Megan Sharkey to present at the Association of European Schools of Planning 2018 Congress

Congratulations to Megan Sharkey, who has been selected to present her paper at the AESOP 2018 Congress in Gothenburg, Sweden.

The conference, organised by the Association of European Schools of Planning (AESOP), brings together researchers from all areas of planning to exchange experiences, ideas and knowledge regarding planning in the 21st century. This year’s theme is ‘Making Space for Hope.’

Megan is a second-year doctoral researcher whose project is co-supervised by Professor Michael Neuman from the Department of Built Environment and Professor Simon Joss from the Department of Politics and International Relations at the University of Westminster.

Prior to the conference, she will be attending the AESOP PhD workshop in Karlskrona, Sweden. The abstract for her paper can be read below.

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Abstract

Using action research to evaluate (and empower) grassroots movements’ role in socio-technical transitions – a methodological approach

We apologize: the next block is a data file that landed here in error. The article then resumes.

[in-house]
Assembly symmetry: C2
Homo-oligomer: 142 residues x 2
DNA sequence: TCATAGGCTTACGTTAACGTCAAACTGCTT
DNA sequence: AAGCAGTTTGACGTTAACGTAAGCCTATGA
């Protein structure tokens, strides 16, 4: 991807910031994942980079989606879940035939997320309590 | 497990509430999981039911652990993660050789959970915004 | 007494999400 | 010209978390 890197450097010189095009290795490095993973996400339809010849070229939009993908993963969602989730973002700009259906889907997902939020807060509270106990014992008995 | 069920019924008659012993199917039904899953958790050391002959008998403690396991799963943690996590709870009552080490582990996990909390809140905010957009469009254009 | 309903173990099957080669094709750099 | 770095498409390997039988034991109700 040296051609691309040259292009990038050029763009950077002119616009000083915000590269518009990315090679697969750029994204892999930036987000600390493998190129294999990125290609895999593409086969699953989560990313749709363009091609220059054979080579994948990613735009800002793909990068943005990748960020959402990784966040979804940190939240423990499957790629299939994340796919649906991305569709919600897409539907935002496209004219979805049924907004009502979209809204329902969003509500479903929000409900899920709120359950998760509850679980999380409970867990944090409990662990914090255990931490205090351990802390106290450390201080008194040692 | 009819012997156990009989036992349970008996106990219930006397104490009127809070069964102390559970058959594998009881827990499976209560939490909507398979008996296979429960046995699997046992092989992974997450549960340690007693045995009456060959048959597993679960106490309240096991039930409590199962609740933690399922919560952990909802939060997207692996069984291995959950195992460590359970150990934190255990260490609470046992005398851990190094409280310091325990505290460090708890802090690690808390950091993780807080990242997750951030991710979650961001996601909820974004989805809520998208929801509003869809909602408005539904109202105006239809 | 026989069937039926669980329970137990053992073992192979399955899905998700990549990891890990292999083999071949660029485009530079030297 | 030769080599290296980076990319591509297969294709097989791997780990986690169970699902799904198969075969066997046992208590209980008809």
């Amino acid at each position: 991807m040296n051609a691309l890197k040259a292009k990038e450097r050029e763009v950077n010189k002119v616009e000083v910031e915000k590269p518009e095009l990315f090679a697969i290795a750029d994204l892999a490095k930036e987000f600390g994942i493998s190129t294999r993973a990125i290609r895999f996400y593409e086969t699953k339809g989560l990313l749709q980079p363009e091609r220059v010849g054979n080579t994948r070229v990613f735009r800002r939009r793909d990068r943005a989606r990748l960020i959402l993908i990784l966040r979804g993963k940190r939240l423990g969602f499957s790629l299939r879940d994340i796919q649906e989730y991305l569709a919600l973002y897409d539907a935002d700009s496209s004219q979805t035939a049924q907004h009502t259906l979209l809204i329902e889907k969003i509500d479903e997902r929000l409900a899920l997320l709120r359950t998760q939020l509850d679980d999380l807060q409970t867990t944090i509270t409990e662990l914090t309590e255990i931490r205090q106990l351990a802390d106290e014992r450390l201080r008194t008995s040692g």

How are grassroots community movements involved in socio-technical transitions and infrastructure changes? Grassroots movements have many barriers to driving changes within institutions for sustainable infrastructure. Many of these movements are trying to tackle wicked problems, but struggle to challenge socio-technical issues of power, politics, or institutions embracing dissent.

In addition, planning and socio-technical transitions, in addressing wicked problems, may further exacerbate inequalities of urbanisation and climate change. Thus grassroots movements have a strong role (and motivation) in trying to change this outcome, as do research activists.

There are many gaps in literature that could address this using action research. For example, practice-based solutions to socio-technical transitions, the role grassroots movements play within a multi-level perspective, highlighting transition tipping points, or the institution/community movement relationship. By performing action research with the London Cycling Campaign and two of London’s local borough groups (Westminster and Islington), this research applies an underutilised methodology.

The methodology engages with the immediate struggles of grassroots movements challenging institutions’ power, providing practice-based solutions to the movements participating in socio-technical transitions. In addition, it actively explores how theory informs practice and practice can inform theory.

Image: electric trams, Gothenburg, Sweden. Credit: Alicia G. Monedero / Shutterstock.